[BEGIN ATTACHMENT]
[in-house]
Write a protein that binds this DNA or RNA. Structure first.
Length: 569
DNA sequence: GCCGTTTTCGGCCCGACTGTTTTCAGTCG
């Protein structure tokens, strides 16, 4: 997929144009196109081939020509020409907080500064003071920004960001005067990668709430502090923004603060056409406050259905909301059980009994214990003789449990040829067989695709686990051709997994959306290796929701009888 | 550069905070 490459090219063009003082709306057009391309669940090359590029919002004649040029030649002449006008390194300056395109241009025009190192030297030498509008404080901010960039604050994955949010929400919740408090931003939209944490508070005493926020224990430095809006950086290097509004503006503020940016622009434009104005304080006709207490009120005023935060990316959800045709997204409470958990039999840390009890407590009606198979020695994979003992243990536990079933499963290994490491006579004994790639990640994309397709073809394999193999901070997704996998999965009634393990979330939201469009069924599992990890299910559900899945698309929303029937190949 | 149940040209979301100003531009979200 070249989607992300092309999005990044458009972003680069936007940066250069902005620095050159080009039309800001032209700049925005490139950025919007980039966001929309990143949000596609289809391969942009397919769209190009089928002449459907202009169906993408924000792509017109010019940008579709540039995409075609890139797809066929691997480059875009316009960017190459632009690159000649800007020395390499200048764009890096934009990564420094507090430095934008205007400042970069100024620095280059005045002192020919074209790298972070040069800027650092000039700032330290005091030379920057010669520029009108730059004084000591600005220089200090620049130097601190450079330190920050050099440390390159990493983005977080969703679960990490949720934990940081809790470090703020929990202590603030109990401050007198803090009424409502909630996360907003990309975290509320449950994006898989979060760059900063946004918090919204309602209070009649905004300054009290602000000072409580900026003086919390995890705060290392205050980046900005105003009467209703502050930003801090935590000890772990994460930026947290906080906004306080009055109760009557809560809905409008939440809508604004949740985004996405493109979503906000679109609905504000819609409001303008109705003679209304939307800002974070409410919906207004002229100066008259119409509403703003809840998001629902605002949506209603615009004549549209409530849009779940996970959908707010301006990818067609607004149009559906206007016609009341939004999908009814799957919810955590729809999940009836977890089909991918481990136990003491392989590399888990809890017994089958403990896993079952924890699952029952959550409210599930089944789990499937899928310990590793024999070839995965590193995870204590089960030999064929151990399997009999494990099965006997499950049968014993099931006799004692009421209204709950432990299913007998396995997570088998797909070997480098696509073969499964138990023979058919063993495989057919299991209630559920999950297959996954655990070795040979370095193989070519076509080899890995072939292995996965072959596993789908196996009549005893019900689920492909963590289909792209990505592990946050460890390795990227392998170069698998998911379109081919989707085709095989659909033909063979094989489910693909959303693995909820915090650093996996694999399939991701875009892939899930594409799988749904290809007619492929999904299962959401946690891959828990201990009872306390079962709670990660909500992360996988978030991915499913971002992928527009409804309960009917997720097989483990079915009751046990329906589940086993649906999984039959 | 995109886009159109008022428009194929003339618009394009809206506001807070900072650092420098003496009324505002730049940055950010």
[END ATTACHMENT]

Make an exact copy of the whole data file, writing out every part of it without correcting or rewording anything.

[in-house]
Write a protein that binds this DNA or RNA. Structure first.
Length: 569
DNA sequence: GCCGTTTTCGGCCCGACTGTTTTCAGTCG
């Protein structure tokens, strides 16, 4: 997929144009196109081939020509020409907080500064003071920004960001005067990668709430502090923004603060056409406050259905909301059980009994214990003789449990040829067989695709686990051709997994959306290796929701009888 | 550069905070 490459090219063009003082709306057009391309669940090359590029919002004649040029030649002449006008390194300056395109241009025009190192030297030498509008404080901010960039604050994955949010929400919740408090931003939209944490508070005493926020224990430095809006950086290097509004503006503020940016622009434009104005304080006709207490009120005023935060990316959800045709997204409470958990039999840390009890407590009606198979020695994979003992243990536990079933499963290994490491006579004994790639990640994309397709073809394999193999901070997704996998999965009634393990979330939201469009069924599992990890299910559900899945698309929303029937190949 | 149940040209979301100003531009979200 070249989607992300092309999005990044458009972003680069936007940066250069902005620095050159080009039309800001032209700049925005490139950025919007980039966001929309990143949000596609289809391969942009397919769209190009089928002449459907202009169906993408924000792509017109010019940008579709540039995409075609890139797809066929691997480059875009316009960017190459632009690159000649800007020395390499200048764009890096934009990564420094507090430095934008205007400042970069100024620095280059005045002192020919074209790298972070040069800027650092000039700032330290005091030379920057010669520029009108730059004084000591600005220089200090620049130097601190450079330190920050050099440390390159990493983005977080969703679960990490949720934990940081809790470090703020929990202590603030109990401050007198803090009424409502909630996360907003990309975290509320449950994006898989979060760059900063946004918090919204309602209070009649905004300054009290602000000072409580900026003086919390995890705060290392205050980046900005105003009467209703502050930003801090935590000890772990994460930026947290906080906004306080009055109760009557809560809905409008939440809508604004949740985004996405493109979503906000679109609905504000819609409001303008109705003679209304939307800002974070409410919906207004002229100066008259119409509403703003809840998001629902605002949506209603615009004549549209409530849009779940996970959908707010301006990818067609607004149009559906206007016609009341939004999908009814799957919810955590729809999940009836977890089909991918481990136990003491392989590399888990809890017994089958403990896993079952924890699952029952959550409210599930089944789990499937899928310990590793024999070839995965590193995870204590089960030999064929151990399997009999494990099965006997499950049968014993099931006799004692009421209204709950432990299913007998396995997570088998797909070997480098696509073969499964138990023979058919063993495989057919299991209630559920999950297959996954655990070795040979370095193989070519076509080899890995072939292995996965072959596993789908196996009549005893019900689920492909963590289909792209990505592990946050460890390795990227392998170069698998998911379109081919989707085709095989659909033909063979094989489910693909959303693995909820915090650093996996694999399939991701875009892939899930594409799988749904290809007619492929999904299962959401946690891959828990201990009872306390079962709670990660909500992360996988978030991915499913971002992928527009409804309960009917997720097989483990079915009751046990329906589940086993649906999984039959 | 995109886009159109008022428009194929003339618009394009809206506001807070900072650092420098003496009324505002730049940055950010």